is some leeway in what is meant by "continuous", the key is automation. Automation of the build sequence encourages developers to create builds prior to check-in. Automation allows early detection of potential issues. Continuous builds encourage a culture of ensuring that developer changes are of high quality. If automation can be advanced into the sanity testing phase, all the better.
Next generation ALM tools must support continuous build automation. This includes easy and automated definition of build contents (based on rules), retrieval of source code and whatever else is necessary to perform the build, launching of build scripts, packaging of the build artifacts, and collection of build results.
9. Custom Dashboards
There are various roles in an agile shop, as in any shop. Product owner, developer, customer/designated user, etc. The key to keeping each role moving smoothly is to have effective dashboards. Ideally, communications sessions should be centred on a single dashboard, showing what the past day's/week's accomplishments were and what's in store for the next one.
Dashboards can cover a number of areas: iteration status, problem/defect status, product/release/iteration backlogs, requirements traceability, quality metrics, etc.
It's fine to have an ALM tool with a number of canned dashboards. But to really allow you to streamline your agile processes, you need to be able to rapidly and easily create and customize dashboards to your specific roles and tasks. You need to be able to present information such as progress/burn-down charts, work breakdown structures, build content comparisons, etc. Ideally, you should be able to sit down and, for each role or significant task, identify exactly what you want on a dashboard. And then you should be able to spend a few minutes or hours to produce the dashboard. This is one of the key differentiators between current and next generation tools.
Taking it one step further, you should identify what you need to run meetings from the ALM tool, using meeting dashboards. A peer review station would be one example. A problem review board meeting might need a specific dashboard. Your weekly scrums should have their own specific dashboard. The dashboard provides your agenda while at the same time allowing you to easily capture whatever actions or other information that come up during the meeting. It also provides drill-down capabilities and traceability navigation so that both content and reasoning is accurately portrayed.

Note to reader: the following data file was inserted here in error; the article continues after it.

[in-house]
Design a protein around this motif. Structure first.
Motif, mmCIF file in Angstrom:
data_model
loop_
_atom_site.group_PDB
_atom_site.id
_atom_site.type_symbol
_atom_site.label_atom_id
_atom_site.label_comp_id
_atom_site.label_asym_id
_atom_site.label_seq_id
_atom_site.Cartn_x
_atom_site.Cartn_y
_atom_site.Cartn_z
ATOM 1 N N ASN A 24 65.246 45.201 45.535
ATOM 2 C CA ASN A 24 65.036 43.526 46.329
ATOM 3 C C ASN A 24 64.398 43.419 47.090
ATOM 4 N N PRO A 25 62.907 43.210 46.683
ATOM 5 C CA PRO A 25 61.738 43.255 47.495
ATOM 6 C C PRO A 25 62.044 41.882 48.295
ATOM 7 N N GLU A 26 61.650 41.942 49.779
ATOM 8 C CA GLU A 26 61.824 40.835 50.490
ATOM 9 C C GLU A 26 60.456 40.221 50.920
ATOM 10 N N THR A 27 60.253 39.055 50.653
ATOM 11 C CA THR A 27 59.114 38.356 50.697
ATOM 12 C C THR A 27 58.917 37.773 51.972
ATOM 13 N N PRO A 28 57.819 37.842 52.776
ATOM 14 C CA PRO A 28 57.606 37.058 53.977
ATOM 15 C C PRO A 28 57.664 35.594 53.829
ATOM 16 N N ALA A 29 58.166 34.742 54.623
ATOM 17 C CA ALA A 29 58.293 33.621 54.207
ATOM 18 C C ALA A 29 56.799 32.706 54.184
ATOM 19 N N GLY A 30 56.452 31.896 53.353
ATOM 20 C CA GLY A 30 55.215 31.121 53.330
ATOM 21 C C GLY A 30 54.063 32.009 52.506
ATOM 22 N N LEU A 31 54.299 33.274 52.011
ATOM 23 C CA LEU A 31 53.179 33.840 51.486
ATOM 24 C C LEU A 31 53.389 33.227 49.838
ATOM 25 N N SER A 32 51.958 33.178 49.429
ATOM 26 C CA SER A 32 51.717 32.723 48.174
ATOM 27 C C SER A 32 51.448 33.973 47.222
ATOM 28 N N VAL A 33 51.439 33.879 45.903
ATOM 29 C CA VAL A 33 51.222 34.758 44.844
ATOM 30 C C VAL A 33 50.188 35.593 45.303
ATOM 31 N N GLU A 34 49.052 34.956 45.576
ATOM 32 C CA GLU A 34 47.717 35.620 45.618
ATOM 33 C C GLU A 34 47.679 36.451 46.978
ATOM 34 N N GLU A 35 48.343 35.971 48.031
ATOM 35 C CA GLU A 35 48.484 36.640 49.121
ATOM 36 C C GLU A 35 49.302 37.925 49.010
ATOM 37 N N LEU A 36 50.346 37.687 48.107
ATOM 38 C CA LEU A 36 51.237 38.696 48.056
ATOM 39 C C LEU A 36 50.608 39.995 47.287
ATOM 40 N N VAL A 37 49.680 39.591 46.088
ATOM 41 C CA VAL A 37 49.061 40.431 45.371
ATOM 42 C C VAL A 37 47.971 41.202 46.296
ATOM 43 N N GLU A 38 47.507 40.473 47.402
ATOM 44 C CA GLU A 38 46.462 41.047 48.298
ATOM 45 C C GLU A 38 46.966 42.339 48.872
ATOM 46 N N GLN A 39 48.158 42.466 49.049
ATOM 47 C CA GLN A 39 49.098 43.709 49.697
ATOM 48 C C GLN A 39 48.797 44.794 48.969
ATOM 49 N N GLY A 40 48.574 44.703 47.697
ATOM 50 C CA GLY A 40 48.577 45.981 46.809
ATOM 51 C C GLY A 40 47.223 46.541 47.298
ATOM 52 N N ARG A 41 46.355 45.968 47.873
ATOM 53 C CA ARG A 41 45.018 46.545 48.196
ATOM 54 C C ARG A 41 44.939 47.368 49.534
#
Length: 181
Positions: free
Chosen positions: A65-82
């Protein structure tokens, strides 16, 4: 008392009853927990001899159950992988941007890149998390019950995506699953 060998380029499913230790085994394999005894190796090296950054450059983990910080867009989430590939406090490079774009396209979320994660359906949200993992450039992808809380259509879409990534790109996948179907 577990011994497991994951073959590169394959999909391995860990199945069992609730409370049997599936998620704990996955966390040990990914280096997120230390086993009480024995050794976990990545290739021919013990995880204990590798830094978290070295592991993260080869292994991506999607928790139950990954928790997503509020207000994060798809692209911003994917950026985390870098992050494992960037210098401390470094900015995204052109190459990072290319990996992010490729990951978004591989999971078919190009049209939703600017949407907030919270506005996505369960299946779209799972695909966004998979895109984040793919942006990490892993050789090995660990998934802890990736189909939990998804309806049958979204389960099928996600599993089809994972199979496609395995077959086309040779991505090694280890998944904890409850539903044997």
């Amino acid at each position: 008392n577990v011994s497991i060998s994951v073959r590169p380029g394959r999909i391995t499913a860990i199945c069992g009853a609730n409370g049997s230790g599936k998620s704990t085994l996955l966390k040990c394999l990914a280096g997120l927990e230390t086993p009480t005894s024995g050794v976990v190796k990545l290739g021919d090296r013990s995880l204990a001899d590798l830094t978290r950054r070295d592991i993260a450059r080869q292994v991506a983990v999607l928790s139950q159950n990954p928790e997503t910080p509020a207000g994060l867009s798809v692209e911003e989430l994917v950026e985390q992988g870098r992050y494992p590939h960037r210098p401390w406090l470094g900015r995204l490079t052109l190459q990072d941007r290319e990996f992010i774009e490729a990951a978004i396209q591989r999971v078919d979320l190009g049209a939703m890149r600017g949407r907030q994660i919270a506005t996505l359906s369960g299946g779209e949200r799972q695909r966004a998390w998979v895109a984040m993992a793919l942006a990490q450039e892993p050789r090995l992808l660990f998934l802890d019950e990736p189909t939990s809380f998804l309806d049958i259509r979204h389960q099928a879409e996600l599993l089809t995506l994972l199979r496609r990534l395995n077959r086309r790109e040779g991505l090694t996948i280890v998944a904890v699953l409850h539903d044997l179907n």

For a product owner, the dashboard should give you the capability of zooming into a release and/or iteration and it should consolidate the feature task/activity backlogs with the problem/defect backlogs so that a clear view of the current and future campaigns is always at hand and up to the minute.
10. Process Guidance
The myth that there is little process associated with agile methods comes from the focus on less overhead and administration. This in turn actually means that there is a requirement for well understood process. But process should help the agile development, not stand in its way.
The ALM Tool can support this by helping with a streamlined operation, that focuses on the iteration model and continuous builds, but precisely customized to the project needs. It's amazing how a single field on a form can slow down an action. At the same time, the tool has to use the user context to capture information rather than forcing entry by the user.
And when the user is unsure how to proceed, quick guidance must be available as part of the tool, perhaps as a diagram, perhaps in a role description or procedure. Next generation ALM tools allow guidance to be easily customized from a reasonable starting point reflecting the